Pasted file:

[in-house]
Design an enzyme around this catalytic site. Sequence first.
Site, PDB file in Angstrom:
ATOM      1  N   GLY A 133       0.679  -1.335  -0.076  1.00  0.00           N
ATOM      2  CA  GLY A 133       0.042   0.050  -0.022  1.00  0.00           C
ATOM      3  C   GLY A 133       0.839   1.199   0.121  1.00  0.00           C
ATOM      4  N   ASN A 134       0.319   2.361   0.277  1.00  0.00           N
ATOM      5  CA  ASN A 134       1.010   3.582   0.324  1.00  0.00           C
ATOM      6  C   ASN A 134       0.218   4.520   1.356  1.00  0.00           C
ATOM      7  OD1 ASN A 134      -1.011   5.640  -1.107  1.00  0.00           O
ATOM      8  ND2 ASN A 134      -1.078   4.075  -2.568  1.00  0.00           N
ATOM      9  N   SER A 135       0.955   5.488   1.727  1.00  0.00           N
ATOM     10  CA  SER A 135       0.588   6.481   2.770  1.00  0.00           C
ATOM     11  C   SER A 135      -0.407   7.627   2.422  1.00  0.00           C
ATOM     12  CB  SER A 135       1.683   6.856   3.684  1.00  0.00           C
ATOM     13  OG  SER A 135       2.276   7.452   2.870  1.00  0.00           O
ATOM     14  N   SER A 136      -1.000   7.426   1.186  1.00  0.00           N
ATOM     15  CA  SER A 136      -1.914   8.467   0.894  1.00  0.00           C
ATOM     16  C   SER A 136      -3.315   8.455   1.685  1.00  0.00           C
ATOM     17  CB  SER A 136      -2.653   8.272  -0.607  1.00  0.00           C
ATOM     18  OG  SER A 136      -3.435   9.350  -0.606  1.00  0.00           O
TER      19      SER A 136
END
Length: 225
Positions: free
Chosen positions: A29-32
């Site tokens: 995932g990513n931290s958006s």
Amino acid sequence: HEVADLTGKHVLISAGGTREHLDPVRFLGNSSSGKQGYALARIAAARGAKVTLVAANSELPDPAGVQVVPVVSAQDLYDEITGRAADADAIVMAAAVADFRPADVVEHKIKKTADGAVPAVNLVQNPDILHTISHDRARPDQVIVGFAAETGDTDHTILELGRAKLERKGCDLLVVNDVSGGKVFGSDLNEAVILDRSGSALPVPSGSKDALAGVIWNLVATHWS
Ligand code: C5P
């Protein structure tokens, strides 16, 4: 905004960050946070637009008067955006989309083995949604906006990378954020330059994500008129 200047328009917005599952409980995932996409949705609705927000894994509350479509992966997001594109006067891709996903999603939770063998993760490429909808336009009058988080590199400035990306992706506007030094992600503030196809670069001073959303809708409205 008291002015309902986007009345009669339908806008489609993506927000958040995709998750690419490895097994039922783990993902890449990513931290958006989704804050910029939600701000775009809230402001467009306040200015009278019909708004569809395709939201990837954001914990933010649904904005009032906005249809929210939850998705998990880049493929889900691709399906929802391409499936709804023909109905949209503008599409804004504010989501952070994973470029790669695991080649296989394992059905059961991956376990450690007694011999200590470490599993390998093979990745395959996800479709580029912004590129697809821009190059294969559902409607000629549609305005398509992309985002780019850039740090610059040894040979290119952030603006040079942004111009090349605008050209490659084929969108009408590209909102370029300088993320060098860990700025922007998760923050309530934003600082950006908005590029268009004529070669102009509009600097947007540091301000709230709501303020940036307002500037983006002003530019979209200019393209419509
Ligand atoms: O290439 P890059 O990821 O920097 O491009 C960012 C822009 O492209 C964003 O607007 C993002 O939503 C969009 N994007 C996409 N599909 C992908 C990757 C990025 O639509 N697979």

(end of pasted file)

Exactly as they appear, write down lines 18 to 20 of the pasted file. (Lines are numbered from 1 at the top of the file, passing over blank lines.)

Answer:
ATOM     15  CA  SER A 136      -1.914   8.467   0.894  1.00  0.00           C
ATOM     16  C   SER A 136      -3.315   8.455   1.685  1.00  0.00           C
ATOM     17  CB  SER A 136      -2.653   8.272  -0.607  1.00  0.00           C